Thursday, April 17, 2003 :::
IF THIS IS TRUE, it shows once again that American foreign policy does not understand much about Europe, particularly about European integration. Alternatively, it shows that American foreign policy does not understand what is in America's interest. And this was supposed to be a unilateralist, America First administration...
Tuesday, April 15, 2003 :::
FUKUYAMA OPPOSED TO NEOCONS. During a lecture by Francis Fukuyama at the Oxford Union tonight, Mr. Fukuyama distanced himself from his fellow Straussians in Washington DC. Although the talk was about bio-tech, in an answer to a question on foreign policy, Fukuyama said that he does not believe in imposing liberal democracy through war. In reference to a Policy Review article by Ken Jowitt, Fukuyama accepted Jowitt's characterization of himself as Marx and the neocons as the Leninists, with the added caveat that the Prophet rejects the interpretation of the enthusiastic followers. Fukuyama believes the neocon position is "probably a mistake" and that Iraq is going to be very difficult to manage. Fukuyama is of the opinion that the cultural constraints in place in a country like Iraq will prevent it from developing into a viable liberal democracy any time soon, although (I add) according to his own theory "the end of History" will eventually manifest itself even in the Islamic world. To be clear: since the talk wasn't on the war per se, Fukuyama didn't clearly spell out whether he was opposed to war on prudential grounds as well, his comments were confined to a fundamental disagreement with the grander neocon strategy.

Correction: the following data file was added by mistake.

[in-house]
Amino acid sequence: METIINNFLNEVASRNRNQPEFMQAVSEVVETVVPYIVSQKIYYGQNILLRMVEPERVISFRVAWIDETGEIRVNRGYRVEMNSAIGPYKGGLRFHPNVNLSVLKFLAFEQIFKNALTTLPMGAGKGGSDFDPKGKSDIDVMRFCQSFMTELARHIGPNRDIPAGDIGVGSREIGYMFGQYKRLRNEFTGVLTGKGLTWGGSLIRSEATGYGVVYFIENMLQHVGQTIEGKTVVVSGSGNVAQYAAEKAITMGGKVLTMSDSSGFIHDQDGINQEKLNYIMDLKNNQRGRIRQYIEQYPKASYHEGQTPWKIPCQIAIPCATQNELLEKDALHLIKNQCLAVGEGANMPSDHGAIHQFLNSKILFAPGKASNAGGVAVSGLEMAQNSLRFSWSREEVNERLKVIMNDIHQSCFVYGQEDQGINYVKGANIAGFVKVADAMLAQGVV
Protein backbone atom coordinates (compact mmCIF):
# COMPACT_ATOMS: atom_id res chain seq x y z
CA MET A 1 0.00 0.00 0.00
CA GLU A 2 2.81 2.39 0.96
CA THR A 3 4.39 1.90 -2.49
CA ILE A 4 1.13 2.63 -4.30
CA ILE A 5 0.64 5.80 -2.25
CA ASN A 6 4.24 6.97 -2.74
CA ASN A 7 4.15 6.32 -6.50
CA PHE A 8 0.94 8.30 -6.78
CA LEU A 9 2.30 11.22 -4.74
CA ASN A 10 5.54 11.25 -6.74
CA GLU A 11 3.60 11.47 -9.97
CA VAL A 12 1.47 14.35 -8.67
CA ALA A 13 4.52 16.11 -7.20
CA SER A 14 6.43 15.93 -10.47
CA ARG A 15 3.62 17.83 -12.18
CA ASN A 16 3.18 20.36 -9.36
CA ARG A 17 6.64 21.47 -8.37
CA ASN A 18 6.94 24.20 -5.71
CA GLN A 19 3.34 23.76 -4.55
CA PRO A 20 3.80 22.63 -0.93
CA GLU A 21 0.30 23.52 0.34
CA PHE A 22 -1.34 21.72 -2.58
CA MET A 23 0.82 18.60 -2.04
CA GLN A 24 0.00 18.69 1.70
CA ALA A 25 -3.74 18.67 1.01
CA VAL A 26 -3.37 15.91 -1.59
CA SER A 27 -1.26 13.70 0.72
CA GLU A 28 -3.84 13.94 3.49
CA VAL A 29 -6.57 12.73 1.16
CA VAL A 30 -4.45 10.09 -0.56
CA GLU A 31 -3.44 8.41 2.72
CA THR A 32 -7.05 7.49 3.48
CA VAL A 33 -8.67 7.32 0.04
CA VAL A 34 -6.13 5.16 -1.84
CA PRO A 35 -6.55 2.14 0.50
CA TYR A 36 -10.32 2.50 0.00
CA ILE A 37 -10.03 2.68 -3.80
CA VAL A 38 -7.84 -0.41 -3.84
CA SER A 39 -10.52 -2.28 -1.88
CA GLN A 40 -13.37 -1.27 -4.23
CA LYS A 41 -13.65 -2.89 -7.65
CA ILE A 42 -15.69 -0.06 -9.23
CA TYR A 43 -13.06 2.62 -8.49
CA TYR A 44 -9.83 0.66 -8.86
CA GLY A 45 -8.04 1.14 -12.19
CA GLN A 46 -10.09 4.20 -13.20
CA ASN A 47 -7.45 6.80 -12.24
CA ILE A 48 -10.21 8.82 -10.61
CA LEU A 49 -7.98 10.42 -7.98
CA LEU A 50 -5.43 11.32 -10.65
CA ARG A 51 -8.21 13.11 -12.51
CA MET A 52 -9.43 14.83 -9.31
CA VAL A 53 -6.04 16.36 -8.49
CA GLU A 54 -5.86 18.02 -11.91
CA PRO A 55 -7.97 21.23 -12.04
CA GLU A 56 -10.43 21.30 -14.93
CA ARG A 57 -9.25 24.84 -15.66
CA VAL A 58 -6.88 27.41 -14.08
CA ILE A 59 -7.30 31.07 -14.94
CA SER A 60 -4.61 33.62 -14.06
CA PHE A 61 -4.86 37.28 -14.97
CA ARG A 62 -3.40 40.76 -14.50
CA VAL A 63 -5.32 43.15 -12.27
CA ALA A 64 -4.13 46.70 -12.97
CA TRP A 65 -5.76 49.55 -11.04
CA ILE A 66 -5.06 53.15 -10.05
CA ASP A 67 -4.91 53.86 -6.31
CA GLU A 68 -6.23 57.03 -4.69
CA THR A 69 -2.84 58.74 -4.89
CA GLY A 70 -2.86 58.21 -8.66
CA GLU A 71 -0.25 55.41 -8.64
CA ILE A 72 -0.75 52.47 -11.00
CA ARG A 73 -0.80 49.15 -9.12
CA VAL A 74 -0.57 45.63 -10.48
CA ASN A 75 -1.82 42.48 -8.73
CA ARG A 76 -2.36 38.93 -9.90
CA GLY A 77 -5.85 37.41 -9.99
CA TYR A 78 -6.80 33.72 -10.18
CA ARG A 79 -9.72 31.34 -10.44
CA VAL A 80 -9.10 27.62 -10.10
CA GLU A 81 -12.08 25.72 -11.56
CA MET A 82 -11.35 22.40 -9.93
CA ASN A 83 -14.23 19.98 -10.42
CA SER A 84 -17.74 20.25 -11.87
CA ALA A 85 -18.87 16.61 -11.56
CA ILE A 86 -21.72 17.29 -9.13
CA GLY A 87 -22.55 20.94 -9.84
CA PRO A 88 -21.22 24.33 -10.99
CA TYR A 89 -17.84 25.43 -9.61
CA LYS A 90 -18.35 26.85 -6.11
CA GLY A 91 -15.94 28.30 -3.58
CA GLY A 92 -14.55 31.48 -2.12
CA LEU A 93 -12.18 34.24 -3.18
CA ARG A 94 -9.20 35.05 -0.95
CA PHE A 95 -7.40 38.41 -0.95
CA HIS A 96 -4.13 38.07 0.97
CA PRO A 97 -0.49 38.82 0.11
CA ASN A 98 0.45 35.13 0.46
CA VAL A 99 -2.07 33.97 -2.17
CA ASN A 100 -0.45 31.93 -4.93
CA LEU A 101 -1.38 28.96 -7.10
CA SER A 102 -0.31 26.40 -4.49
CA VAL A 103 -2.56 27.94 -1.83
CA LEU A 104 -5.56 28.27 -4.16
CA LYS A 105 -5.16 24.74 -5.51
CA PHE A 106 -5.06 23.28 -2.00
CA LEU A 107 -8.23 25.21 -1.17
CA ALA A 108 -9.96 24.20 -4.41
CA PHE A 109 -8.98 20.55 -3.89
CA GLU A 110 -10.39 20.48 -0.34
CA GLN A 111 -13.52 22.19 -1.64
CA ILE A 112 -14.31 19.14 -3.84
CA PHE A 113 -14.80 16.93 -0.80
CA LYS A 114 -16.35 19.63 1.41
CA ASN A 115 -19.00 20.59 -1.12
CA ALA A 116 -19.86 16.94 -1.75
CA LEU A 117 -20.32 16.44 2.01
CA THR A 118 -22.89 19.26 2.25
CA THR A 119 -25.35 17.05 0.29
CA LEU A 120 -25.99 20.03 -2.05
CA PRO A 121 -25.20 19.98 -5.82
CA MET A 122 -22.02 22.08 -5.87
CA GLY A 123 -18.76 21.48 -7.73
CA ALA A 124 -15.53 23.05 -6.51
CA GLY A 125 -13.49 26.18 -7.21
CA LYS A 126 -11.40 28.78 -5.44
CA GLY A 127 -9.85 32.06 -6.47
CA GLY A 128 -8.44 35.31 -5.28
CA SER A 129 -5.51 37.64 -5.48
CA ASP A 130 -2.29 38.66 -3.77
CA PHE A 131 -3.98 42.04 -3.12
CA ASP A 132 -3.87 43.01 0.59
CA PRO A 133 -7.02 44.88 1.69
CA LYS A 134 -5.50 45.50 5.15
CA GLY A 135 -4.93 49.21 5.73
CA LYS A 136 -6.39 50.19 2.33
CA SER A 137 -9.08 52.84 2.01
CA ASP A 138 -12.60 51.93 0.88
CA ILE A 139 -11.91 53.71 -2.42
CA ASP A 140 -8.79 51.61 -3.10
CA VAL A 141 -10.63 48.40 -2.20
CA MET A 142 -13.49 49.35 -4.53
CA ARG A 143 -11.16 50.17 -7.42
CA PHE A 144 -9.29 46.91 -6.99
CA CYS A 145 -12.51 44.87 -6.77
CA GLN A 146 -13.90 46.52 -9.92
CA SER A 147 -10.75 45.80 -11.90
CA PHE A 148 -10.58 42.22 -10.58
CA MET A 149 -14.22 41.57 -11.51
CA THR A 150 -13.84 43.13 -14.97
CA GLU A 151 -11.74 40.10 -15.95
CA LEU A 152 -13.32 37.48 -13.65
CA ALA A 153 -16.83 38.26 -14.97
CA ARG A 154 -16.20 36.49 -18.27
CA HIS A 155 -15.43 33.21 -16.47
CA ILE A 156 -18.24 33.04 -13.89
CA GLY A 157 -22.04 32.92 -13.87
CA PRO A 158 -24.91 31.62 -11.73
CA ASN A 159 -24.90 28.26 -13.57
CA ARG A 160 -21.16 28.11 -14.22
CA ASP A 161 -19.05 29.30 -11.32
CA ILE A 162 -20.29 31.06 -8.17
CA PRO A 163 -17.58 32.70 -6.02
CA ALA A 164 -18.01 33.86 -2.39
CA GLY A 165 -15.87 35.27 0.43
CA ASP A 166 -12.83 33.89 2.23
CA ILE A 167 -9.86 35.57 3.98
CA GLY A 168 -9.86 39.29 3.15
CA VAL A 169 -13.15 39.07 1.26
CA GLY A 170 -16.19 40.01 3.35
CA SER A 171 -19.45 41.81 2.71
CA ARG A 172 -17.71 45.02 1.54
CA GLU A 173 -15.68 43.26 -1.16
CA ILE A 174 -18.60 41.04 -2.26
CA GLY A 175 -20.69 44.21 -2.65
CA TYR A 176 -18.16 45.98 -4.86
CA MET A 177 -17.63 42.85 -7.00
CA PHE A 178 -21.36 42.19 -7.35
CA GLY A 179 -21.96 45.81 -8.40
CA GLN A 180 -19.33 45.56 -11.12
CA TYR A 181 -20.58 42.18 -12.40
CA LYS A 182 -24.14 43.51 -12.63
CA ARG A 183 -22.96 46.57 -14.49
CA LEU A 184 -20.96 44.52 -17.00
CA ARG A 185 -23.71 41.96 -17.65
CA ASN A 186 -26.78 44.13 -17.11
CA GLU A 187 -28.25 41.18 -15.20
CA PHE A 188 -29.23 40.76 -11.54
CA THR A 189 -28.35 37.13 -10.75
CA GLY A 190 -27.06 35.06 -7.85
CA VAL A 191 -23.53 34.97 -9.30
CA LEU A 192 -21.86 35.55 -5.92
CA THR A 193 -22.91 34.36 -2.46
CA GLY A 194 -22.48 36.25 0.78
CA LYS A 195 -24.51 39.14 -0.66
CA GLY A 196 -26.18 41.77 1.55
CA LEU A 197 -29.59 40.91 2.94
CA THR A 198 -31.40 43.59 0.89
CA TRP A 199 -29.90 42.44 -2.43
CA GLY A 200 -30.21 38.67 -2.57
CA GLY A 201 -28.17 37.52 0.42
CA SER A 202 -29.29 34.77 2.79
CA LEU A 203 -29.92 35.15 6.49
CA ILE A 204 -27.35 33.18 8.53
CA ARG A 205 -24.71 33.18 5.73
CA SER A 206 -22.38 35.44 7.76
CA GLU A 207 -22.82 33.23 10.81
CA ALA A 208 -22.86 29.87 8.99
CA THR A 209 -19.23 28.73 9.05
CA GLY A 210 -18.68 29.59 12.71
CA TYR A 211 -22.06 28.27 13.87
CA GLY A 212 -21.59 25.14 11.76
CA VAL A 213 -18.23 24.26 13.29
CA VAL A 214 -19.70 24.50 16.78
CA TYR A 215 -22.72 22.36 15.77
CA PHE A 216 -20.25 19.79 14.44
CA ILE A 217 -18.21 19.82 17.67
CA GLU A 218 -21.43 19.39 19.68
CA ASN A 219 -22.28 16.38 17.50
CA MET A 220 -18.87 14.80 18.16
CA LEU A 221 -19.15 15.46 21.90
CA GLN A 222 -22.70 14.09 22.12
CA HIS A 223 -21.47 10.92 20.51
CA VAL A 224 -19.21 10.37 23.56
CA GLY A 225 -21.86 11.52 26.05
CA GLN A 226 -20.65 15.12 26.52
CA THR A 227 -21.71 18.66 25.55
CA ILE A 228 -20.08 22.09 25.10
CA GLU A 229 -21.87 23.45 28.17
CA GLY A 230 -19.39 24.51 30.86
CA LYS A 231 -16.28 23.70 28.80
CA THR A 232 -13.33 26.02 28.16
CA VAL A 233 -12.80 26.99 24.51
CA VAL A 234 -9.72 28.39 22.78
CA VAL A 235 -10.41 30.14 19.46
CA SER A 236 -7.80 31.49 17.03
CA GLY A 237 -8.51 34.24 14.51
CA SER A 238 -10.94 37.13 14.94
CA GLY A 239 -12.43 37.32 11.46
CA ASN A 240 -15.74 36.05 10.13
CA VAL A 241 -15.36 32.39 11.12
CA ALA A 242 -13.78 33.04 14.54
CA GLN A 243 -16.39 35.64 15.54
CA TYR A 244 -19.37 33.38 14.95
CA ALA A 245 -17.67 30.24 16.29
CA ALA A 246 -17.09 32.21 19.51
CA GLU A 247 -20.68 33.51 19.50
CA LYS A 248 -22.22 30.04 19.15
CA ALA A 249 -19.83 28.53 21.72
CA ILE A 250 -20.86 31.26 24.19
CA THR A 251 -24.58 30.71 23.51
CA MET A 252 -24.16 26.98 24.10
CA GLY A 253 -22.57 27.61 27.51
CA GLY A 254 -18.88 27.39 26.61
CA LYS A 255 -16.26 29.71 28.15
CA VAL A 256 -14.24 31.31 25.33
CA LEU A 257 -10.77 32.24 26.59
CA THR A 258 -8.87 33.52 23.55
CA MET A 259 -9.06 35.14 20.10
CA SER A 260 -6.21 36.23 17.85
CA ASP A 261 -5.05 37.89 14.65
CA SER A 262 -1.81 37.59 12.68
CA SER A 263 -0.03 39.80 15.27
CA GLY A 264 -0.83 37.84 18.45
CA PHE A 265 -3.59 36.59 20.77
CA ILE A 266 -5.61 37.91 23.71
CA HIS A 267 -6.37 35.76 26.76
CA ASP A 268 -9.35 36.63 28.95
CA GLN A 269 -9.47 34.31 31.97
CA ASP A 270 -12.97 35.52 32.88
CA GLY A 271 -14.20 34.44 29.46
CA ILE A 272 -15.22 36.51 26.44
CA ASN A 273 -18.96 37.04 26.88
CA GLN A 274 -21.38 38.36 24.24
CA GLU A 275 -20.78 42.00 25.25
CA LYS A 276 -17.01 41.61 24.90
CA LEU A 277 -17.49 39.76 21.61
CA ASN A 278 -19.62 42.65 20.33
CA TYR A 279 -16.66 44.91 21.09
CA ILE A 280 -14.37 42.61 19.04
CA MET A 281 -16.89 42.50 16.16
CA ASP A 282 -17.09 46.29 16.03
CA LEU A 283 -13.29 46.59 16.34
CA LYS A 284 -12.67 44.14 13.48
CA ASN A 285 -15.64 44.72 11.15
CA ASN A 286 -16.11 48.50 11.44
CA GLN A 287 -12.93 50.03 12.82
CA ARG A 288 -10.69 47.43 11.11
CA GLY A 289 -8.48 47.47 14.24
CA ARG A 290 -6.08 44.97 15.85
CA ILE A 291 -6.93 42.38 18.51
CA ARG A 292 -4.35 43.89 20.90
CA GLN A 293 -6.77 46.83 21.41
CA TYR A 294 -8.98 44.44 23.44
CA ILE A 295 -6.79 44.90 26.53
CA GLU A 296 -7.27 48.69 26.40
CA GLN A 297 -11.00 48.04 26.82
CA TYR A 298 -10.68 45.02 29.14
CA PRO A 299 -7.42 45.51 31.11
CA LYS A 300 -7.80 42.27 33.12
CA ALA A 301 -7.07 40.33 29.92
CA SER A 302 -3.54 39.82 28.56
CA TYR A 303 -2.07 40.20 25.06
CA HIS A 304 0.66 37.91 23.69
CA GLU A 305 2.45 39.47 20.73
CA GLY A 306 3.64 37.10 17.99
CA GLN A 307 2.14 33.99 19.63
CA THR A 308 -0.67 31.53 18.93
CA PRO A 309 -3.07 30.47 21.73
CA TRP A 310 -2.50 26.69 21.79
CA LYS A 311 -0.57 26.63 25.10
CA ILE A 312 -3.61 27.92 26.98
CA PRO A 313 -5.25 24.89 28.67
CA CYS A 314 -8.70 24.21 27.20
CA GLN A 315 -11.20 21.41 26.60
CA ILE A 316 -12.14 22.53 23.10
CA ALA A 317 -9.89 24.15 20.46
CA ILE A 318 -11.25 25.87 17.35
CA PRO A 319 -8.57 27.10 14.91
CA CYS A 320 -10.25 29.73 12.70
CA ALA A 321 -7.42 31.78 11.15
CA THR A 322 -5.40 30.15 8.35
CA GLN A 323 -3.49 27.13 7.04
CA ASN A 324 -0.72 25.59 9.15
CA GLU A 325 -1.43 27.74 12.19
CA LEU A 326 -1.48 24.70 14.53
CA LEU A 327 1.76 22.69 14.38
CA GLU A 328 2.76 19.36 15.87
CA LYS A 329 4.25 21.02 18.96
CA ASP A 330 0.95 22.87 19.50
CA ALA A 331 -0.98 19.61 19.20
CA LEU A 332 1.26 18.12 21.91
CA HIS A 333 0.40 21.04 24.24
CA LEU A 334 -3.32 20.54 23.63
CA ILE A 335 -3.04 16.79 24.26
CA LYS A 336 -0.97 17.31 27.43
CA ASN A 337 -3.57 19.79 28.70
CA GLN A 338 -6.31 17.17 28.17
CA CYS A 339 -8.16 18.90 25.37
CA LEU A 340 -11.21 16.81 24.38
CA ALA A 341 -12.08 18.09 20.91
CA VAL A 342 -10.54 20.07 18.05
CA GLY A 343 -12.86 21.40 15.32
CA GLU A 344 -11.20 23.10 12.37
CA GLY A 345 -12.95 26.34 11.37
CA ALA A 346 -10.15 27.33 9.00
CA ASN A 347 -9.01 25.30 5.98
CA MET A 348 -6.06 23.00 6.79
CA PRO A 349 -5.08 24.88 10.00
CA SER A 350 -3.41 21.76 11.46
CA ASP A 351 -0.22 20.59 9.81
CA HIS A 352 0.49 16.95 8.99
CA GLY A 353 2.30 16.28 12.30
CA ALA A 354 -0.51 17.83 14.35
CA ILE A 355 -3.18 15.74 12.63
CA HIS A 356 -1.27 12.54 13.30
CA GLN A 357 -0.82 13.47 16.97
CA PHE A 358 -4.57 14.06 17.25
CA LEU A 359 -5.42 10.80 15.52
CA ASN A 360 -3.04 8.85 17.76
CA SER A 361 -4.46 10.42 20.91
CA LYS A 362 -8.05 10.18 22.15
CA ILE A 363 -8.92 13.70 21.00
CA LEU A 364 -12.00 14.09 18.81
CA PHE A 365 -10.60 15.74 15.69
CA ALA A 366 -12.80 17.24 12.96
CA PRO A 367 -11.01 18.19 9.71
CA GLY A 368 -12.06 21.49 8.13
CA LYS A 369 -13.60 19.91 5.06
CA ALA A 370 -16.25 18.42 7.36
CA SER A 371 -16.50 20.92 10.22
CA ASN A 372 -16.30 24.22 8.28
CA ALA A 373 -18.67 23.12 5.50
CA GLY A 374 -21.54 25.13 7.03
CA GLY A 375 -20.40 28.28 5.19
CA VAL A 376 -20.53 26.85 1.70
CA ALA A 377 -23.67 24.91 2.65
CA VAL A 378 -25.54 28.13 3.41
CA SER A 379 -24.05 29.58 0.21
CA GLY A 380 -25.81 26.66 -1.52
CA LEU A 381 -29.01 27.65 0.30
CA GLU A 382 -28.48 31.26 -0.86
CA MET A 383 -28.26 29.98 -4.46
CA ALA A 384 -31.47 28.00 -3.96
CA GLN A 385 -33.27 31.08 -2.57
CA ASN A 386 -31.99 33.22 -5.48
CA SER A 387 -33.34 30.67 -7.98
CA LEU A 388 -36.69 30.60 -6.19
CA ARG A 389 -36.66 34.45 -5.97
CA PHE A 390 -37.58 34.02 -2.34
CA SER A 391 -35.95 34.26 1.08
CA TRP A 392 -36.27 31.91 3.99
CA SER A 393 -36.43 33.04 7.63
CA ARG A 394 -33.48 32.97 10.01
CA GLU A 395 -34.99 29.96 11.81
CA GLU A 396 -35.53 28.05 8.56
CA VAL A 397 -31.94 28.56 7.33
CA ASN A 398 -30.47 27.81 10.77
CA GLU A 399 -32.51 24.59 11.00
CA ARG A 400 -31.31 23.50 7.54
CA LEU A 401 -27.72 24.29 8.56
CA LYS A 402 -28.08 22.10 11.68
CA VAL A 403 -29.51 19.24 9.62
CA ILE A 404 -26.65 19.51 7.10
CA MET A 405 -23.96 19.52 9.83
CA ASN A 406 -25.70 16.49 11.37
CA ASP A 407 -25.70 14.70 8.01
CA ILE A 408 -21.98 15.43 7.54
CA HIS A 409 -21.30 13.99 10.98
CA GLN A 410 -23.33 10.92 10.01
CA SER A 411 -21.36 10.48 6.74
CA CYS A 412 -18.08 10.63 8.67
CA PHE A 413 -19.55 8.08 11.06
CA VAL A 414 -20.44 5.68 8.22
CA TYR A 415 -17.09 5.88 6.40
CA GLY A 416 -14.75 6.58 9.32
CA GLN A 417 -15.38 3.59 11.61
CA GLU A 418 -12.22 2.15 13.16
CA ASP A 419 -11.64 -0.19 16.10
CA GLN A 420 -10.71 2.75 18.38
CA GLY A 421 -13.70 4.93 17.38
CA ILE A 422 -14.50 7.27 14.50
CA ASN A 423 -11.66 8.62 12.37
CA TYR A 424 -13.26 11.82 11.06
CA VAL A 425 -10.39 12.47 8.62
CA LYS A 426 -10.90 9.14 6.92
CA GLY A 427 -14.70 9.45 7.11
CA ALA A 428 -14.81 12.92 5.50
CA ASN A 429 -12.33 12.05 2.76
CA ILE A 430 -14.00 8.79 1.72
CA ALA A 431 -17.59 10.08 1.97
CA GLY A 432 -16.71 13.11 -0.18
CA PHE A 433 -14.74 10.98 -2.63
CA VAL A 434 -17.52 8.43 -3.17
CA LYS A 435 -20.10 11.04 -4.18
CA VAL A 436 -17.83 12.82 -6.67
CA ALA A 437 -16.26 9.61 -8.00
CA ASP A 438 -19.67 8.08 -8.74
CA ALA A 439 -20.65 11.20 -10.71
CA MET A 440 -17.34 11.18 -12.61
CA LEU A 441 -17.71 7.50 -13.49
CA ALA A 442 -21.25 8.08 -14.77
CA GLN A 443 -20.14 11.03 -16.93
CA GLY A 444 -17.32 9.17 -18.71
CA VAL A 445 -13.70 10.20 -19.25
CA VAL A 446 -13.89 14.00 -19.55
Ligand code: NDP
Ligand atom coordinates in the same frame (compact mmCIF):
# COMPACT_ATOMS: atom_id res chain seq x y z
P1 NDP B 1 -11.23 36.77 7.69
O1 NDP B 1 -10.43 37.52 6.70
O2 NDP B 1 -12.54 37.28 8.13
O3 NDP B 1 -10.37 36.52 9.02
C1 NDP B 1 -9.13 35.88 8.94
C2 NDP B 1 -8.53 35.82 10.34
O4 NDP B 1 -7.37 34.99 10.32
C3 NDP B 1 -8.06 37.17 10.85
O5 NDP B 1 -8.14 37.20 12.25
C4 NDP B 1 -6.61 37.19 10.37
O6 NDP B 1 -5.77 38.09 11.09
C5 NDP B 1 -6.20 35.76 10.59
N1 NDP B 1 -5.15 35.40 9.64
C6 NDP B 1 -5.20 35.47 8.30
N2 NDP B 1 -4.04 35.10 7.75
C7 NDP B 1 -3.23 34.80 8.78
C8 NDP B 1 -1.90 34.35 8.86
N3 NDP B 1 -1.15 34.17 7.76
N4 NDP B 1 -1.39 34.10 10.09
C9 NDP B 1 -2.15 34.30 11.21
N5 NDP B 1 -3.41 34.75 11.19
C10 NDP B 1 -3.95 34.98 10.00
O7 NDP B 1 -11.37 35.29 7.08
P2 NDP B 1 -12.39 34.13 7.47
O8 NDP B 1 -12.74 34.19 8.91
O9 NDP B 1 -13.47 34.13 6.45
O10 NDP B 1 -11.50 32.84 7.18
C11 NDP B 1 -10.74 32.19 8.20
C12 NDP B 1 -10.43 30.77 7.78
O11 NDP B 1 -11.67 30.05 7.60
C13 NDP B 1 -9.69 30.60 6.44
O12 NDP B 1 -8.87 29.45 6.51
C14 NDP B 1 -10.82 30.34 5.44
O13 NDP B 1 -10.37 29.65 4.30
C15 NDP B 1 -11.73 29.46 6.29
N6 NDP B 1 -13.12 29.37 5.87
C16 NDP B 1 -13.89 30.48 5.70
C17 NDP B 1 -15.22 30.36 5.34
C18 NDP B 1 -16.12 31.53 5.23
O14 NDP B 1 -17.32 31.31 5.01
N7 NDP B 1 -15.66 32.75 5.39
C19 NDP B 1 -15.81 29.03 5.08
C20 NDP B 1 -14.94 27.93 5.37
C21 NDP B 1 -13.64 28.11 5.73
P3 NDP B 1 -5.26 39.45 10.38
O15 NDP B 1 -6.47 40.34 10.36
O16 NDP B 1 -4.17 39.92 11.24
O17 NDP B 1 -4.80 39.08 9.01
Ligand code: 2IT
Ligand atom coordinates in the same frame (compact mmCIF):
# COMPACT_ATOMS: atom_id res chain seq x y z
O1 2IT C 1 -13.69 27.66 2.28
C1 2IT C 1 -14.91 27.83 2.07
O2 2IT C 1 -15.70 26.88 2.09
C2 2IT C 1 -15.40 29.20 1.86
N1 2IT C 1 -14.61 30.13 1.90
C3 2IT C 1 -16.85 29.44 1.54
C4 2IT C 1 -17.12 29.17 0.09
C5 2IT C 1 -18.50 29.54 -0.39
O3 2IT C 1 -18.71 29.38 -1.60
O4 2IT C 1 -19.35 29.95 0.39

INJUSTICE IN THE NETHERLANDS. Volkert van der Graaf, the radical animal rights activist who assassinated Pim Fortuyn on May 6, 2002, has today been convicted to a paltry 18 years inprisonment. The DA had demanded life. Dutch friends assure me that everyone who is well-behaved in Dutch prison is automatically released after 2/3rds of the sentence. That means the murderer is due to be released in 2014. I should perhaps add that one of the three judges, the controversial Nol Vermolen, is a known member of the Labour Party, who has been accused of involvement with supplying illegal immigrants with falsefied papers when he worked for a refugee organization. Mr Van der Graaf said he was brought to his deed to protect the "weaker members of society", including the Muslims. UPDATE: Not sure if this is true, but someone just told me that prisoners can start going home for the weekends after nine years!
Sunday, April 13, 2003 :::
MARK STEYN, as usual, hits the nail on the head. Meanwhile, no apologies from the misguided apologists for Saddam. They are the same people who were wrong on Afghanistan, on socialism, and on the Soviet Union. One wonders whether they ever tire of being so awfully wrong. They certainly never apologize after they have been proven wrong. And, as Steyn points out, their mistakes never humiliate them in keeping mum afterwards.
Friday, April 11, 2003 :::
TARIQ AZIZ APPLYING FOR B-SCHOOL? The utter triumph of Western popular culture became apparent once again today when people looted the abandoned apartment of Tariq Aziz, Deputy Prime Minister of Saddam Hussein and former Foreign Minister. Apart from owning DVDs of the "Godfather" and "Sleepless in Seattle", Mr Aziz was fond of magazines such as Vogue and GQ, and someone in his household was studying for the GMAT....
Wednesday, April 09, 2003 :::